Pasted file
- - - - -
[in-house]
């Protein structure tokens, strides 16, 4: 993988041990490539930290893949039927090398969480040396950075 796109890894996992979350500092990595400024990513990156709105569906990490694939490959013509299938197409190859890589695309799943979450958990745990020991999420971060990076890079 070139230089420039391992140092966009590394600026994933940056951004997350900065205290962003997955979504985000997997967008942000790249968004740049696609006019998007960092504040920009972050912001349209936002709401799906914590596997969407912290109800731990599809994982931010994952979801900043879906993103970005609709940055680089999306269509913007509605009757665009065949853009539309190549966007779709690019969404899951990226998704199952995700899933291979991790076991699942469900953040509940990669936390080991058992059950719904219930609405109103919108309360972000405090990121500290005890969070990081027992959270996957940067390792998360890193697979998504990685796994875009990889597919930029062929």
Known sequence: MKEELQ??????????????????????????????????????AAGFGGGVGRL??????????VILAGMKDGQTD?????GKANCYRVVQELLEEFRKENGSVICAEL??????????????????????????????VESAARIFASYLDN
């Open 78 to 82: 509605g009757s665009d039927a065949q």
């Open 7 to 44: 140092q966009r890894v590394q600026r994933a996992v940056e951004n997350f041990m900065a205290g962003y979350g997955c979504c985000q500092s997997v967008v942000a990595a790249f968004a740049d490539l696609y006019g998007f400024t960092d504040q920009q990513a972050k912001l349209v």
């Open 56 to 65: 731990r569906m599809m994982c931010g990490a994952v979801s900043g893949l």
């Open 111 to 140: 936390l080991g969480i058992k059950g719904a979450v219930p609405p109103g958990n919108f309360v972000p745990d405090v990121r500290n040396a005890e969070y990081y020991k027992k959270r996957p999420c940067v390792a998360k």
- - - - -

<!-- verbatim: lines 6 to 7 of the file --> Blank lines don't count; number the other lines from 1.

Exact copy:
């Open 56 to 65: 731990r569906m599809m994982c931010g990490a994952v979801s900043g893949l």
């Open 111 to 140: 936390l080991g969480i058992k059950g719904a979450v219930p609405p109103g958990n919108f309360v972000p745990d405090v990121r500290n040396a005890e969070y990081y020991k027992k959270r996957p999420c940067v390792a998360k």